from Wiktionary, Creative Commons Attribution/Share-Alike License
- n. An early wind instrument with a keyboard, resembling a cross between a reed organ and an accordion, which makes its sound by the action of air being blown across metallic reeds.
from the GNU version of the Collaborative International Dictionary of English
- n. A wind instrument whose sounding parts are reeds, consisting of a thin tongue of brass playing freely through a slot in a plate. It has a case, like a piano, and is played by means of a similar keybord, the bellows being worked by the foot. The melodeon is a portable variety of this instrument.
from The Century Dictionary and Cyclopedia
- n. A musical instrument essentially similar to the harmonium, of which it was the precursor. It was invented in 1833 by John Green. See reed-organ.
Sorry, no etymologies found.
I looked if there was any sign of a bellows, thinking it must have been some primitive kind of reed-instrument, like what we call a seraphine or harmonium now-a-days.
He had already learned to play the "seraphine," the instrument which has been developed into the reed organ.
There is also stamped in Ormuz a seraphine of gold, which is litle and round, and is worth 24 sadines, which maketh 30 medines of Aleppo.
A portable seraphine gave forth a familiar tune, in which all joined in singing with a zest which is only realized by those whom it carries back in recollection to distant home.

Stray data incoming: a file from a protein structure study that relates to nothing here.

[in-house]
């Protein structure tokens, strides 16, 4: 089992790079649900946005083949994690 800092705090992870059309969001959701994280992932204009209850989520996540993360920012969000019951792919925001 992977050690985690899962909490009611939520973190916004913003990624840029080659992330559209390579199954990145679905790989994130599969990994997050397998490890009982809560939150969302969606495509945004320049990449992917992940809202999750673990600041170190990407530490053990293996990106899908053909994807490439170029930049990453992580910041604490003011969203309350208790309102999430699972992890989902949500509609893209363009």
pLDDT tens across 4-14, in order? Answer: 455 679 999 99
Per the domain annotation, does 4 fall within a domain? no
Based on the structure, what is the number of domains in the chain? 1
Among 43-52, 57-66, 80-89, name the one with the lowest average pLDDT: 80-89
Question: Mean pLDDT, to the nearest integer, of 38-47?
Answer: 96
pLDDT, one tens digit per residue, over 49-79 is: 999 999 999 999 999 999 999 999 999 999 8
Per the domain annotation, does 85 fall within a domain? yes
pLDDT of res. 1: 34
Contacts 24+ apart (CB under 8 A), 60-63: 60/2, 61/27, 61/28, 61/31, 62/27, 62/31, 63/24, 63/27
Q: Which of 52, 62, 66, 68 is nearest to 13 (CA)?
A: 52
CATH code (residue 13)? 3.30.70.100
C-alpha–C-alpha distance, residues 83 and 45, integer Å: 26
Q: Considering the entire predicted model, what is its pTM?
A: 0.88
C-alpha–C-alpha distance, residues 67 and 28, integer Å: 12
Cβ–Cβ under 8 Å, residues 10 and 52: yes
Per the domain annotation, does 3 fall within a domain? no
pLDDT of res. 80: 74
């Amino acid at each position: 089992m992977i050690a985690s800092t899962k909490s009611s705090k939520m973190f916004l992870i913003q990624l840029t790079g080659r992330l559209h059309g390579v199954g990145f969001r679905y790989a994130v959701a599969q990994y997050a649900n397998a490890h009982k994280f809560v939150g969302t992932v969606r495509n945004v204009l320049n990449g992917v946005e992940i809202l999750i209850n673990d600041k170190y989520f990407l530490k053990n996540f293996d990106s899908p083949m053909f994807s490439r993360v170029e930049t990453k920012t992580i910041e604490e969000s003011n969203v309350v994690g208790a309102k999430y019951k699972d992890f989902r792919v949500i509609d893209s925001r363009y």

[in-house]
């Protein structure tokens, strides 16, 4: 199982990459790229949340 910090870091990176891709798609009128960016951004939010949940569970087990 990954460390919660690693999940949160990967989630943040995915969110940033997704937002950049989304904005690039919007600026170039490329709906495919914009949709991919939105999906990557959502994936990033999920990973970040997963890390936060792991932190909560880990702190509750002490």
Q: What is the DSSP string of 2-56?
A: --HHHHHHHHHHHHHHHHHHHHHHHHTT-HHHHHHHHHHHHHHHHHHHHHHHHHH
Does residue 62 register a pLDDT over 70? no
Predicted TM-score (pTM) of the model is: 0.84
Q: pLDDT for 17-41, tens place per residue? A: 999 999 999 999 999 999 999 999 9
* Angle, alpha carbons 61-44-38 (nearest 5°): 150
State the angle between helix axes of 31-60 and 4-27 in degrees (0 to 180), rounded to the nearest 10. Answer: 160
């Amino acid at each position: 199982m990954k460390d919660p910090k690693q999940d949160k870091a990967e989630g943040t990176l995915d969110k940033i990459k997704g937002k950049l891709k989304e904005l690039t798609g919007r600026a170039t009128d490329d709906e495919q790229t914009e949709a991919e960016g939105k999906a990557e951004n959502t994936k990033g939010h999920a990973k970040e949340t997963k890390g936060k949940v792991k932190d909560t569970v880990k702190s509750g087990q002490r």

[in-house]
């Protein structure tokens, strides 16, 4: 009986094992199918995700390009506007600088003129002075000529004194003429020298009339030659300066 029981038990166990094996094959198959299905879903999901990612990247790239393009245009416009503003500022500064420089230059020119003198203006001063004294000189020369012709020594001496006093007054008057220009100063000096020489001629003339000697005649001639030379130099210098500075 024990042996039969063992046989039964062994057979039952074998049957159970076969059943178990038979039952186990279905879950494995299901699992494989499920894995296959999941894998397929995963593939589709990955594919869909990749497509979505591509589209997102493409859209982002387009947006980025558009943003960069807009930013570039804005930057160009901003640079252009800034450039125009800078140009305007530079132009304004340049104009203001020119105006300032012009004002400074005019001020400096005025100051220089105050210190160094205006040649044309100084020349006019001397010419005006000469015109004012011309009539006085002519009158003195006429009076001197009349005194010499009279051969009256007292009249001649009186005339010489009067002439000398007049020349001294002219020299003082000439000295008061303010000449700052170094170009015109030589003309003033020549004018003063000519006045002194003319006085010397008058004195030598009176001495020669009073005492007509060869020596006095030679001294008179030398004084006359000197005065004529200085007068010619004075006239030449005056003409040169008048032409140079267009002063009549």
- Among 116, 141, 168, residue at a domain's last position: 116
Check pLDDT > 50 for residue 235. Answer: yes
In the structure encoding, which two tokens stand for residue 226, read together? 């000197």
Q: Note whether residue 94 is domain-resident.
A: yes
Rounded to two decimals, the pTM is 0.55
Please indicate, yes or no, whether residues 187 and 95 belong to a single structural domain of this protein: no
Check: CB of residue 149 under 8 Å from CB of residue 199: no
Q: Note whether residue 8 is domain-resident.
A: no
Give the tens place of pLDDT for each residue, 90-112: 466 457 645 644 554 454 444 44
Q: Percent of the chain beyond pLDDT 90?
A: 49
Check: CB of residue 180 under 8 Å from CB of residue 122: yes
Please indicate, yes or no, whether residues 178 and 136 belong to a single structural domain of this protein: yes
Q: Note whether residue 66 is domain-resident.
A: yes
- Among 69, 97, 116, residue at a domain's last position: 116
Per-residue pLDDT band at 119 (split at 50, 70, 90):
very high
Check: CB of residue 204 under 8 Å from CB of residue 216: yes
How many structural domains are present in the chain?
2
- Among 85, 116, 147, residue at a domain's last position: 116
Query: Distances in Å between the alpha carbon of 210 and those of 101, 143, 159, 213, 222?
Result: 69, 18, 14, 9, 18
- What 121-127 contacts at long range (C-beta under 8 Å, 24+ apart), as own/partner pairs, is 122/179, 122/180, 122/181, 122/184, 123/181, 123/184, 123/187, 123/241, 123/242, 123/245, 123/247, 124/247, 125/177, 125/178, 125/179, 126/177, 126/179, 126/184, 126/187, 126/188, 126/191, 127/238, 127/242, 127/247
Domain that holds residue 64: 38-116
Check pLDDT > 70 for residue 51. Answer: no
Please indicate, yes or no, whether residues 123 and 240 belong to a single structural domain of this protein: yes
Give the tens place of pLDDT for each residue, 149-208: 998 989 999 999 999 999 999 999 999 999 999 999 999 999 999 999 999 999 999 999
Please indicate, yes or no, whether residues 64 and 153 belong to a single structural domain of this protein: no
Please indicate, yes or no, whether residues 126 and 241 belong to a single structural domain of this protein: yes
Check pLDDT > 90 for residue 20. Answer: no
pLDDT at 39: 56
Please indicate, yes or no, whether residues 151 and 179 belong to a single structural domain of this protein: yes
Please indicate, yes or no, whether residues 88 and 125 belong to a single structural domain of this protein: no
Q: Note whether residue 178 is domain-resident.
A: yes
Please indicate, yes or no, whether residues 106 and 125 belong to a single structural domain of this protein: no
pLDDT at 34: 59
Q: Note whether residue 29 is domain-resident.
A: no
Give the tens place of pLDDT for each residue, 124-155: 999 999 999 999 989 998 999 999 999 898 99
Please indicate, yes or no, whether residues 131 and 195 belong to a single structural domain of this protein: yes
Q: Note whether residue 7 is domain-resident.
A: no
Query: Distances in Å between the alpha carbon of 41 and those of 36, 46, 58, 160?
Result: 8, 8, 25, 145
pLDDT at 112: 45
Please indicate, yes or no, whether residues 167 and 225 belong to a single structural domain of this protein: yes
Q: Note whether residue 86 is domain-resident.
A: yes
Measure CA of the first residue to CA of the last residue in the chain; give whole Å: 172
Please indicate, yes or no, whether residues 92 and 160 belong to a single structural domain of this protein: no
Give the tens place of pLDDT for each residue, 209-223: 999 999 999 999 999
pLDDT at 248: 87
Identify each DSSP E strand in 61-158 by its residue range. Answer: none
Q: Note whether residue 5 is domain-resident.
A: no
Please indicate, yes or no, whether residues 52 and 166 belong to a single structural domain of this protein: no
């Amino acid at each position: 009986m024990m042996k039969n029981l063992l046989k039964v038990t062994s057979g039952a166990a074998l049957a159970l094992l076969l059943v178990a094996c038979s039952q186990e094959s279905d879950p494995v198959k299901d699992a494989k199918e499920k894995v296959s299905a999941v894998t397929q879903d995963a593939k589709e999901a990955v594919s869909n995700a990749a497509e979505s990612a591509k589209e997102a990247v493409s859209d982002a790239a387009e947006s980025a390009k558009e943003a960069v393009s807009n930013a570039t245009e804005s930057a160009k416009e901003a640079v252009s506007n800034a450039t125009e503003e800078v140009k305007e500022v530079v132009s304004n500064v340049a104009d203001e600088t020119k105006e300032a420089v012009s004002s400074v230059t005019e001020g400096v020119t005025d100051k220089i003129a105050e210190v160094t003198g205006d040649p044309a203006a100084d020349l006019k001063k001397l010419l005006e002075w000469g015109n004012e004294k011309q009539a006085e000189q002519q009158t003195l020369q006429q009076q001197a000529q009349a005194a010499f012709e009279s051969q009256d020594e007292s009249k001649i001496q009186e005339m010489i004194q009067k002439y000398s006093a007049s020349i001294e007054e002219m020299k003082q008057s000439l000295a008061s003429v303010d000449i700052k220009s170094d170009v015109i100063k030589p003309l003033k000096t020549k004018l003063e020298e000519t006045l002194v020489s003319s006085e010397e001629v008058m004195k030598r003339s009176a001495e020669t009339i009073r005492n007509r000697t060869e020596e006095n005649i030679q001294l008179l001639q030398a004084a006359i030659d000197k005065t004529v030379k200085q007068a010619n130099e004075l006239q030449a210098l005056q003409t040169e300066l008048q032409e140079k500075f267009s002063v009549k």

Soft breezes sweep them tranquilly over the smooth bosom of the Mediterranean; Angelino sits among his heaps of toys, or listens to the seraphine, or leans his head with fondling hands upon the white goat, who is now to be his foster-parent, or in the captain's arms moves to and fro, gazing curiously at spars and rigging, or watches with delight the swelling canvass; while, under the constant stars, above the unresting sea,
Many of the beer-shops are a haunt of the young of both sexes among the factory people, 'the majority with faces unwashed and hair uncombed, dancing in their wooden clogs to the music of an organ, violin, or seraphine.'
Formerly, church-service was wont to be celebrated in this same room; and for the purpose of kindling, by means of music, any latent sparks of devotion in the minds of his sable flock, the deceased clergyman, who had resided before us at Rosevale, had imported a seraphine, which he played with skill, and which had never been opened since his death.
Hmm @seraphine, maybe we need a BOF for twitter at
'manly poppet:' to which I made answer, that I thought so too; and that she was a 'seraphine concert.'
a seraphine, and four priests sitting gaping in a row on one side of the altar "in flowered satin dresses and little cloth caps, looking exactly like the band at a wild-beast-caravan."